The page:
The openings 46 are aligned with the holes 44 and with the passageway 8 parallel to the direction 9 so as to generate an ultrasound exit that normally muridae emit, so as to provide the impression that the passageway 8 is not a dead end, but with an exit at the end. In this way, the holes 44 and the openings 46 provide indirectly a false signal on the safety of the passageway 8 so as to increase the catch probabilities.
 Advantageously, according to a variation (not shown) the holes 44 and the openings 46 are defined by respective nets which replace the wall 43 and the rear wall of the container 13.
 According to a further aspect of the present invention, the trap 1 comprises a feed-box 48, defined by an additional housing arranged next to the trapdoor 14. The feed-box 48 is adapted to contain feed for muridae and is accessible without obstacles and permanently, through an opening made in one of the side walls 49 of the passageway 8. In this way, the pack leader (i.e. the older murid, who usually patrols the territory in search of food) and some muridae may enter in the passageway 8, feed from the feed-box 48 and exit after being fed, without arriving to the trapdoor 15 and therefore without causing the opening of the gangway 3. In this way, these first muridae release pheromones that signal to the rest of the murine family the presence of "safe" food. Once feed is in the feed-box 48, the muridae perceive that there is still feed at the end of passageway 8, i.e. the bait of the container 13, so they proceed till the trapdoor 15, but the pressure thereof causes the opening of the gangway 3, and then the catch, as described above.
 The presence of the feed-box 48, therefore, it is important to be able to have, in passageway 8, pheromones that signal the presence of "safe" food and then catch the whole murine colony for disinfestation, otherwise the catches could be limited to only one specimen, which would release only pheromones indicative of danger by falling into the tank 2 and therefore would affect the rest of the catches. In particular, the feed-box 48 does not require any manual intervention, for example, to lock or unlock the gangway 3, as it is arranged next to a part of the trapdoor 14 which will not tilt, thanks to the weight of the portion 18 and/or thanks to the coupling of the attach device 24. As indicated above, only after having finished the feed of the feed-box 48 the muridae are tempted in going forward in the passageway 8 to eat from the container 13 and, therefore, to fall into the tank 2.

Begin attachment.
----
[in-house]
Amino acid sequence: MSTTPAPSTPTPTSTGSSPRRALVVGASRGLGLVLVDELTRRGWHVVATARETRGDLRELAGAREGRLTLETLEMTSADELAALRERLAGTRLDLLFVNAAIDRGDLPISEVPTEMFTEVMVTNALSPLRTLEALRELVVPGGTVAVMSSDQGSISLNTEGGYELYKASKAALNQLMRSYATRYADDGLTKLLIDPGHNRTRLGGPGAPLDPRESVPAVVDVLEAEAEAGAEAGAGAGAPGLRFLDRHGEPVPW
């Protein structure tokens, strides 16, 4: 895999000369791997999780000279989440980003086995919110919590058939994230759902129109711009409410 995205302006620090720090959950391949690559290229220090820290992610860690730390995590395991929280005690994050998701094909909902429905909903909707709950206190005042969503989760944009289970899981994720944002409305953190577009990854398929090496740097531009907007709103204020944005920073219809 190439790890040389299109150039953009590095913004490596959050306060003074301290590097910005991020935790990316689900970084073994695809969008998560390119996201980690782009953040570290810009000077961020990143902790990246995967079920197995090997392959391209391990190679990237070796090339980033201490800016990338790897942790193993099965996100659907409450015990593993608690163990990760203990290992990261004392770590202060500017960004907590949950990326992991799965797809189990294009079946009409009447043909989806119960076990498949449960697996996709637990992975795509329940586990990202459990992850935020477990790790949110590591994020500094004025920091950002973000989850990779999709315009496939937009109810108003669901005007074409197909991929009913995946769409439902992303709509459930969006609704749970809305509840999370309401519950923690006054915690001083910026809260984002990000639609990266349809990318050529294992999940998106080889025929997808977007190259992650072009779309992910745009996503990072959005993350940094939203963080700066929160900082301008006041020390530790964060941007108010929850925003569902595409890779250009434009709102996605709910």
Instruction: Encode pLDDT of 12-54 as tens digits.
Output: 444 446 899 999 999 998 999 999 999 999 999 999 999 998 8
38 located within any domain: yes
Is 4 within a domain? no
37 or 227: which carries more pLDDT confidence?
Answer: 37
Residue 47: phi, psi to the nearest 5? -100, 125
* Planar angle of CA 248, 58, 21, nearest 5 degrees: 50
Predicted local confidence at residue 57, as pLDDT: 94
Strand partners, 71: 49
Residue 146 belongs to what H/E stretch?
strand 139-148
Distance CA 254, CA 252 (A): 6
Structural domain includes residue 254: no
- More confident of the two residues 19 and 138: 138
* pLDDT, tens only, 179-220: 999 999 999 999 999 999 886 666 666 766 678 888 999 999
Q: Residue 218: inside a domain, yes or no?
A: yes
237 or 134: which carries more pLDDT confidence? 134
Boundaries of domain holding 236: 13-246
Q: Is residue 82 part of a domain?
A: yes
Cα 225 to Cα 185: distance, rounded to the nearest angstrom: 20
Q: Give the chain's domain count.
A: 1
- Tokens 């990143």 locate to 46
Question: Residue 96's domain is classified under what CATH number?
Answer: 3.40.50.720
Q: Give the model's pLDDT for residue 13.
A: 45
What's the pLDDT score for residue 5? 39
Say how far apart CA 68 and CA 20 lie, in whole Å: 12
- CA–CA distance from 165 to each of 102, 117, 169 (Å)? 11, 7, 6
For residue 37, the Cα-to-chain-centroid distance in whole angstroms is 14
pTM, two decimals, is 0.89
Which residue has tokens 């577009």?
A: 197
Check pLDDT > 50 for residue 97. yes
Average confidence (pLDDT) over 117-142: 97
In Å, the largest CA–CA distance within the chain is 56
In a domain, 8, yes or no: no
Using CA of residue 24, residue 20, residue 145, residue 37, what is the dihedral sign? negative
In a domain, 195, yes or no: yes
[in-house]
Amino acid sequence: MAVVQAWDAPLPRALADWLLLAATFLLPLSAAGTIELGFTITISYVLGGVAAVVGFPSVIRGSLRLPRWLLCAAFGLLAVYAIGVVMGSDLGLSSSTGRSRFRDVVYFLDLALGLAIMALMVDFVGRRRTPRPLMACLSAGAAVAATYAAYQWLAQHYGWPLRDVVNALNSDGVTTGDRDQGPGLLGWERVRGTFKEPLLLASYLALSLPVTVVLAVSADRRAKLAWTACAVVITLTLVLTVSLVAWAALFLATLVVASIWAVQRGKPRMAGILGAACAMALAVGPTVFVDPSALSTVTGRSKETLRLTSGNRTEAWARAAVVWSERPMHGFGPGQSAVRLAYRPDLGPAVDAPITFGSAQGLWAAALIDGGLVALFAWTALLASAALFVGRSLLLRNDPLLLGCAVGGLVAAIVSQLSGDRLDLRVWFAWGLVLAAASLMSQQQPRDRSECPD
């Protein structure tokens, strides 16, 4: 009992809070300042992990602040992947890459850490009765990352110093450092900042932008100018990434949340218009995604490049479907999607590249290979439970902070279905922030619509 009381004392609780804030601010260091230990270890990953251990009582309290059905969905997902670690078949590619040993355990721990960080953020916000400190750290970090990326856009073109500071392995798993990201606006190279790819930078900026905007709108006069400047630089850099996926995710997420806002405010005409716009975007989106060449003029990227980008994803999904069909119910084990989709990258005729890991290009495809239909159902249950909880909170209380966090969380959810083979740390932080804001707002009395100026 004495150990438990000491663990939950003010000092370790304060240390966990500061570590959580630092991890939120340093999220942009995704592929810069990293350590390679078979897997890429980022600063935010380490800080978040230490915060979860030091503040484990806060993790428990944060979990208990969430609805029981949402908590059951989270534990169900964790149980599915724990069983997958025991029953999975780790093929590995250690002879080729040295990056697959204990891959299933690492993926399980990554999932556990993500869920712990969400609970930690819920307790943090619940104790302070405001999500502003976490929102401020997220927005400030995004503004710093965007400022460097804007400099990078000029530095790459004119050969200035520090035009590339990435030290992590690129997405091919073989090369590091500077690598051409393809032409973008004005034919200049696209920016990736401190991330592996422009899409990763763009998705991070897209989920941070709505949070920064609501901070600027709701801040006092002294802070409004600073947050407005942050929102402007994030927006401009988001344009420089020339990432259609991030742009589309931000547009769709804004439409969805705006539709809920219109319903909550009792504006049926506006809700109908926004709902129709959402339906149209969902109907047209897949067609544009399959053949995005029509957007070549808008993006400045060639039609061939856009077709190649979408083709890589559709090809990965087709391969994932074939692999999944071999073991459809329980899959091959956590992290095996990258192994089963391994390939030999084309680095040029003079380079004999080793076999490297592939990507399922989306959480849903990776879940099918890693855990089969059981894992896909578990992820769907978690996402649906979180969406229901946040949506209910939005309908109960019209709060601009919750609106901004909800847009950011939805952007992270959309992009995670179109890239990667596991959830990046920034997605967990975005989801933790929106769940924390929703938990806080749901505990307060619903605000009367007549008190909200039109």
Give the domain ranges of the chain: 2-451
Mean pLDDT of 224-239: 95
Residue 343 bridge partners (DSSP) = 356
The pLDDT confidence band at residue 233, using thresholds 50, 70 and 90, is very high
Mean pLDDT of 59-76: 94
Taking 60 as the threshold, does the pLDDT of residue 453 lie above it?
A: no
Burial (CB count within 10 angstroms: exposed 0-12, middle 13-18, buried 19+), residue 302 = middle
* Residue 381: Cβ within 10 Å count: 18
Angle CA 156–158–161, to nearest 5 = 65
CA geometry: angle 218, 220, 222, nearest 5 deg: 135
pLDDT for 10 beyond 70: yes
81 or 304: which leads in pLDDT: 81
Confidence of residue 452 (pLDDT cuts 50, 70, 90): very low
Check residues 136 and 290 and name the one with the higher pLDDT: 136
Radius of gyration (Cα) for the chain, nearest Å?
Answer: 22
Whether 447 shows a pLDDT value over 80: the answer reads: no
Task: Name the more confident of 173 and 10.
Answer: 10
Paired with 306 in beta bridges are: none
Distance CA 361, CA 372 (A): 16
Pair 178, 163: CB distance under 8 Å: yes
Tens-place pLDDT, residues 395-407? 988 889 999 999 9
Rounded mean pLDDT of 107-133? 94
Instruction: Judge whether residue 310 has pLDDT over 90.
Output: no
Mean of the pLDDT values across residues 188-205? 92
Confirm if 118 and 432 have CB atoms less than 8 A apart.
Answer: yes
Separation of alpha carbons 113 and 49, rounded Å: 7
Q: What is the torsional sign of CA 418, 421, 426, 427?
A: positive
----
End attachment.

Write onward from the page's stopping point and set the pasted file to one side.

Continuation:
From the foregoing it is evident that the catch probabilities of muridae are significantly higher compared to the known solutions.
 Firstly, the devices 24,25, together with the bond between the trapdoors 14 and 15, allow to keep in a substantially horizontal position the trapdoor 14 even when the portion 19 is subject to the weight of a murid. The murid perceives danger only when it comes to the trapdoor 15 and tilts it, but it is now far from the entry 10, so hardly able to go back and save itself.
 Moreover, as explained above, the presence of the openings 46 and/or 48 of the feed-box define false clues that reassure the muridae on the absence of a danger.
 At the same time, the trap 1 does not require special maintenance operations. In particular, it is not necessary to replace the bait in the container 13, thanks to the shield 43.
 From the above it is, finally, evident that the trap 1 described and illustrated may be subject to modifications and variants which do not depart from the scope of protection of the present invention, as defined in the appended claims.
 In particular, the attach device 24 may be defined by two hooks, which protrude upwards from the side edges of the portion 21, while the retaining device 25 could be defined by two pins that protrude in the passageway 8, respectively from the side walls 49.
 The vertical restraining action between the devices 24,25 may be defined by a friction coupling or by a magnetic attachment, instead of real hooking: said magnetic attachment may be defined by a permanent magnet or by an electromagnet which is powered by a small battery and is disabled when a murid unintentionally actuates a corresponding switch while crossing the trapdoor 15.
 Furthermore, the vertical restraining action between the devices 24,25 may be integrated with a further retaining action, located directly between the trapdoor 14 and the side walls 49.
 Alternatively or in combination to the return caused by the weight of the portion 18, one or more springs may be provided so as to act on the trapdoors 14,15 (or on the abovementioned lever mechanism) and bring the gangway 3 into the closed configuration (in this case the portion 18 could also be absent). The preload of these springs, and/or the position of the axis 16 (and thus the lever arm of portion 18) and/or the weight of the portion 18 may be adjustable, in order to calibrate the movement of the trapdoors 14,15.
 The tank may be defined by a housing free of liquid and be used for catching animals other than muridae.
 Finally, although not intended by the appended claims, the presence of the feed-box 48, the presence of the shield 43, the presence of the openings 46 and the fact of making the entry 10 in the portion 18, define potential innovative elements, which can be employed advantageously also in combination with other types of gangways, for example to gangways having a single trapdoor or gangways having two trapdoors that are unbound one from the other and/or are devoid of the attach device 24.